There's so much more to this economy than a handful of big tech names. You know the S&P 500 which is what investors have been embracing and buying recently as they worry about a bond bubble turned out not to be the S&P 500 turned out to be a handful of tech names that were driving the market averages.
So it was the wind come out of there. It was overdue and in some cases it is overdone. So there's an opportunity here. You know in basketball terms it's a jump ball the sugar high is gone right. And we can start to look for some opportunities because there are more treats than tricks through the end of the year for investors who can have a strong stomach.
Larry you putting all big tech in the same basket though. I mean we call it tech but Apple's business is very different from Amazon's business is different from Netflix. Do you think that sentiment has gotten out of hand equally on all of those. Or might there be some so-called tech names that actually are acting more like value than some others.
Sure. Look again everybody's afraid of something right. And I think a little bit of fear is a good thing that prevents us from doing something really irrational or something really responsible. Something we'll regret later and if we look at technology unfortunately many of them were trading as the basket because the irresponsible indexing when you buy an index fund you don't get a handbook you don't get a rule book that tells you what to worry about how to use it. And unfortunately investors have embraced it as a basket approach. They shouldn't have.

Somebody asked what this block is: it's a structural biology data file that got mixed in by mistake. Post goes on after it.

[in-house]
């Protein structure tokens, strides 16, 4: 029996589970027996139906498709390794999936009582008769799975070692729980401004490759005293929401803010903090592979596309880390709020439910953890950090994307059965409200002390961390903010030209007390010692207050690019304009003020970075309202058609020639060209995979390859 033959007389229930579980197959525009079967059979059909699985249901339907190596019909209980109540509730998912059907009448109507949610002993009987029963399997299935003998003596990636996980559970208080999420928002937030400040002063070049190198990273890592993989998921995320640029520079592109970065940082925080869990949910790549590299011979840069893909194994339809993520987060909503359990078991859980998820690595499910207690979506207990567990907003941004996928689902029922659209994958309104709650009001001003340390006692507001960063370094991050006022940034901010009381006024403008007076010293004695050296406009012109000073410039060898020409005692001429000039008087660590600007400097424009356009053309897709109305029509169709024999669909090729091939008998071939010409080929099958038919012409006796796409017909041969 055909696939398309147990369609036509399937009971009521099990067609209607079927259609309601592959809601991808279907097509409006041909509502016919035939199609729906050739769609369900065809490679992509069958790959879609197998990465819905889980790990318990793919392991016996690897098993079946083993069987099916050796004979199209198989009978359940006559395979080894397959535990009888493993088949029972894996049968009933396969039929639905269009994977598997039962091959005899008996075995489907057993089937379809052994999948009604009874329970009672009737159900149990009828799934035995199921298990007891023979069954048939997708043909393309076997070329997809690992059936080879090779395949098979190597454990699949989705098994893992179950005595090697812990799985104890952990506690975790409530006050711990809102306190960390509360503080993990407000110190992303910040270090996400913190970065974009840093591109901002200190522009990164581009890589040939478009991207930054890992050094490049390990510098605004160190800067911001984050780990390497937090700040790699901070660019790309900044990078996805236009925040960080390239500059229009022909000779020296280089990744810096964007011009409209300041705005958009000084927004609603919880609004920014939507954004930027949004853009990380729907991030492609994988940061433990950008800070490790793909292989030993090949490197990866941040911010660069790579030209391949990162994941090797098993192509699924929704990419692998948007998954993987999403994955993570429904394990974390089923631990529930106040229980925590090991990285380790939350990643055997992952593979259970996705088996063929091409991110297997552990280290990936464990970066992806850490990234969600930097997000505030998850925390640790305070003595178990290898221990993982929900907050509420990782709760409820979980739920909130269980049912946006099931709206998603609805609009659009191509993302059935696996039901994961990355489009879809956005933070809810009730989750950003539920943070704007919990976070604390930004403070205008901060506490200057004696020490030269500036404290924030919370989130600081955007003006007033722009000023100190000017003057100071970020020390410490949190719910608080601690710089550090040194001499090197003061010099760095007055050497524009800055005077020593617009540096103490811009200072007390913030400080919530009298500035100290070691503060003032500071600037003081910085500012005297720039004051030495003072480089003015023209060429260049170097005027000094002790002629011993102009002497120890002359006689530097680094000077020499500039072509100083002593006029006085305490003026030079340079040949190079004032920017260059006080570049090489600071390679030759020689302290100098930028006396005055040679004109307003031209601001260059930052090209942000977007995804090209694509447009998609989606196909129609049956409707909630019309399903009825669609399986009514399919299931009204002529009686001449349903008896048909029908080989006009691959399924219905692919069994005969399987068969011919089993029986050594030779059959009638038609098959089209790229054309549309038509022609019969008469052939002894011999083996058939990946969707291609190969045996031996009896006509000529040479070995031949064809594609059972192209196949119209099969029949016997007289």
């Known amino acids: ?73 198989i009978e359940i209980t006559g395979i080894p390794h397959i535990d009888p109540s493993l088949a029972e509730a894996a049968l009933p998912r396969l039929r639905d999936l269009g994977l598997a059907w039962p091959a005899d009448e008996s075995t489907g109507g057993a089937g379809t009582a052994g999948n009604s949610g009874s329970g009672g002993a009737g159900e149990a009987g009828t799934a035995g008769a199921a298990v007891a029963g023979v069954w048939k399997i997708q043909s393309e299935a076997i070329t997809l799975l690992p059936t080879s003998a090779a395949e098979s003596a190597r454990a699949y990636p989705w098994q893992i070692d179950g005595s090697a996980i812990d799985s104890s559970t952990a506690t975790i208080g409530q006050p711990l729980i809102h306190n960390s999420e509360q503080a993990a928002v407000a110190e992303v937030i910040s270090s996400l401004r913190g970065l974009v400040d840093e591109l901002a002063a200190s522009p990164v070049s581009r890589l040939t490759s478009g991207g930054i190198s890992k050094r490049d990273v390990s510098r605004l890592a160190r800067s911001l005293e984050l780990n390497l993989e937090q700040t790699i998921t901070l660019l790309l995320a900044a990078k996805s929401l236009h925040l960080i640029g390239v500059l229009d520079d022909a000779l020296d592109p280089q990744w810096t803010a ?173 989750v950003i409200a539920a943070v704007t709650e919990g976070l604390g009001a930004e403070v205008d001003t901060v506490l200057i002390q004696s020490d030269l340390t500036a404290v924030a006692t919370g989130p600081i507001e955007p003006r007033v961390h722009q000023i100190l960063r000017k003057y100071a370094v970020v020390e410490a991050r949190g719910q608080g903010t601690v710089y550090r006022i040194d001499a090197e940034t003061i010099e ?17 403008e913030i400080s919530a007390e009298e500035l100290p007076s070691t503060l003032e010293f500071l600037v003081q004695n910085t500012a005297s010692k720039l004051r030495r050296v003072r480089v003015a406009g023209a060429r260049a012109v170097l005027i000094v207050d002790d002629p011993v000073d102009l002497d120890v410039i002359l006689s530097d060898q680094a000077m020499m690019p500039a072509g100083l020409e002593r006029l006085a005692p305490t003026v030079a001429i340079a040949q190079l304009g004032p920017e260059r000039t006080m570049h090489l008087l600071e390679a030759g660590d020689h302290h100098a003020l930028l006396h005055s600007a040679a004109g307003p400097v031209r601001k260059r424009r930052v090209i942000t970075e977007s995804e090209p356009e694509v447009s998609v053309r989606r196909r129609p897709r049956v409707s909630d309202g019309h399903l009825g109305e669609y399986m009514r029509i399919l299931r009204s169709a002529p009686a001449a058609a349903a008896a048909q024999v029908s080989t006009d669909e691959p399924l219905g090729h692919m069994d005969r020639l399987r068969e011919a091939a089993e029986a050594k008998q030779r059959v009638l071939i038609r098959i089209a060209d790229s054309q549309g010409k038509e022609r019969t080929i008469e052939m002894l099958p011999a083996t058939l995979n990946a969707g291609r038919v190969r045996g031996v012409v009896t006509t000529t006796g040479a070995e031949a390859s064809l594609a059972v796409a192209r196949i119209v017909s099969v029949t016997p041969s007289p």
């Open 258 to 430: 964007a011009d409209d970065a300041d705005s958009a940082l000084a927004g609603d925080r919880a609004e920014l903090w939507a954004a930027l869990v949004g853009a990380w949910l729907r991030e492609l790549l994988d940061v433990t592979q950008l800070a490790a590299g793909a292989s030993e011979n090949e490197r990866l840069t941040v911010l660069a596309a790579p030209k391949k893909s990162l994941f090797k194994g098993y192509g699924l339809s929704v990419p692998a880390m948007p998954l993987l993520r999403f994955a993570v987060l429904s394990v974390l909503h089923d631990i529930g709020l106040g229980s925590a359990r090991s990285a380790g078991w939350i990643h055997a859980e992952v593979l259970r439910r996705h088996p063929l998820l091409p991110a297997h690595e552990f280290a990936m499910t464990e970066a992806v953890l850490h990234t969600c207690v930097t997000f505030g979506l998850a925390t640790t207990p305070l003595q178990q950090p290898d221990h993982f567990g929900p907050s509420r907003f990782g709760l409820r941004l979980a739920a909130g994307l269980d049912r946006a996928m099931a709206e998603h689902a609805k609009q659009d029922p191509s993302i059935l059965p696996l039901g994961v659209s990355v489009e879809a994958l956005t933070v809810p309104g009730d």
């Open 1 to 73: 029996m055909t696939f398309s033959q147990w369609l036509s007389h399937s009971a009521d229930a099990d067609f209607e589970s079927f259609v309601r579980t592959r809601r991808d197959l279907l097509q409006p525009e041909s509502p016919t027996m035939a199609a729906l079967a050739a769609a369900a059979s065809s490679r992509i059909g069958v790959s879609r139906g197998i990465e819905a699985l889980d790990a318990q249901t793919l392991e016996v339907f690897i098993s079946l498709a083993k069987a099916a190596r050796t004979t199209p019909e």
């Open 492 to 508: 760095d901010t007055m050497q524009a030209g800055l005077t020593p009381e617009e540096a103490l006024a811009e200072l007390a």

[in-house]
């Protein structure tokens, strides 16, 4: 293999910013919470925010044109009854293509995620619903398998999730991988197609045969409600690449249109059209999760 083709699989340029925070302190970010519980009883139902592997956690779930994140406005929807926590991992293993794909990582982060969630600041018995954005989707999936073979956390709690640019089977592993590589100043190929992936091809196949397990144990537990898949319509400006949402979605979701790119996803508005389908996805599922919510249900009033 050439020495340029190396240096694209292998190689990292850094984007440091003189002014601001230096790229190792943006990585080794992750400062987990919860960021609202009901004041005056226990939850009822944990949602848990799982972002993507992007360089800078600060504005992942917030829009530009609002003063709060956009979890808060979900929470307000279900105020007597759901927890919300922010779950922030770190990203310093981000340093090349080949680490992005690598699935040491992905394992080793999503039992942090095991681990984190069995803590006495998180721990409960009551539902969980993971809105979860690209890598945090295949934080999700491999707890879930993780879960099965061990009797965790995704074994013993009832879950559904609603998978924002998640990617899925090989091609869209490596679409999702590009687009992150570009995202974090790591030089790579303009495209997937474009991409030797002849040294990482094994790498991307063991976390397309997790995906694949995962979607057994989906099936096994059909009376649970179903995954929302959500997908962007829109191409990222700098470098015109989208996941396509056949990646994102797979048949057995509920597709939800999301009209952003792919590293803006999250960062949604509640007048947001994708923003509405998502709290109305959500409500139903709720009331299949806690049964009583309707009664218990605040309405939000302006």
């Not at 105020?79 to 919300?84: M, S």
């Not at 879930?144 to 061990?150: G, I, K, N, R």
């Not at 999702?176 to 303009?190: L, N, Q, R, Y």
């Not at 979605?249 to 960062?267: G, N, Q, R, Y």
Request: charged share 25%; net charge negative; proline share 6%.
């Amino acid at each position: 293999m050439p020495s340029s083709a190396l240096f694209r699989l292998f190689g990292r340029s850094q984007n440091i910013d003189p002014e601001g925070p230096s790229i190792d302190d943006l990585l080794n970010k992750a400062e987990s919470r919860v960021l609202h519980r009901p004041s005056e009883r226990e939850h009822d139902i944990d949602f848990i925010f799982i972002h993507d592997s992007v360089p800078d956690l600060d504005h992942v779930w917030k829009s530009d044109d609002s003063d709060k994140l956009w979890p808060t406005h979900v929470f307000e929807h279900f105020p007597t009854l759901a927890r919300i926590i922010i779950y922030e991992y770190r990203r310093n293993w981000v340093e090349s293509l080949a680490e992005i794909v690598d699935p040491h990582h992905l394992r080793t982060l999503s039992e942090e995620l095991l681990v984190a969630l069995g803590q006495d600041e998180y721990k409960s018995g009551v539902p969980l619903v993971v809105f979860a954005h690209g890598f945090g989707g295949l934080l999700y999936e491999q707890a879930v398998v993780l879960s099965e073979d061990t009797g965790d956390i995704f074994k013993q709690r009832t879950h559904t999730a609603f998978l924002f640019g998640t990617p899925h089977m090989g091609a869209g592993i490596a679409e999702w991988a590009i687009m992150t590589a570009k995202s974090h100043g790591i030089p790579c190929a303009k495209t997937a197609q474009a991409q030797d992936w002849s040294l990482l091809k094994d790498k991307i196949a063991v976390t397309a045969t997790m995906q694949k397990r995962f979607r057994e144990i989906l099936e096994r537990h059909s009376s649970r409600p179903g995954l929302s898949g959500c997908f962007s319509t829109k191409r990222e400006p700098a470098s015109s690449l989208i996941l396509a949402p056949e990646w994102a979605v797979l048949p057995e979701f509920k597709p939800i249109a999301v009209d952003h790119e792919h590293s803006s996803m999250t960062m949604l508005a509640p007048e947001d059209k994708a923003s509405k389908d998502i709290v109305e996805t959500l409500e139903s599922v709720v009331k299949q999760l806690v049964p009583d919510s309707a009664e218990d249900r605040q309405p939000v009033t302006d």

should be doing more due diligence. They should be doing more stock specific research. They should be looking at valuations where their opportunities look if you really really really want to get ugly with tech. What do you buy Chinese tech. A lot of the companies like Alibaba Tensei are doing business the United States doing business globally.
that stuff is still out of favor. So you can't generalize on tech. I think it is a company specific approach and hopefully towards the end of the year investors will realize that and they won't treat them as the basket because they have individual qualities different leadership different earnings trajectory and different cyclicality.
So that's going to be hard to unwind the wave of passive investment that we have had. I wonder how I mean we had this talk earlier this morning does that make you. Despite all the good things you're saying about Google in Space or does that make trading harder structurally harder.
Yeah well look the last 10 years have been hard for value investors because we've been in a pretty complacent steadily rising bull market. I've been waiting for some turmoil some opportunity to get into high quality companies that are down 20 30 sometimes more than 30 percent. So getting an opportunity on some super high quality companies you know that's what I try and do buy high quality businesses when there are short term hiccups and short term turmoil when I'm convinced the long term story is still intact.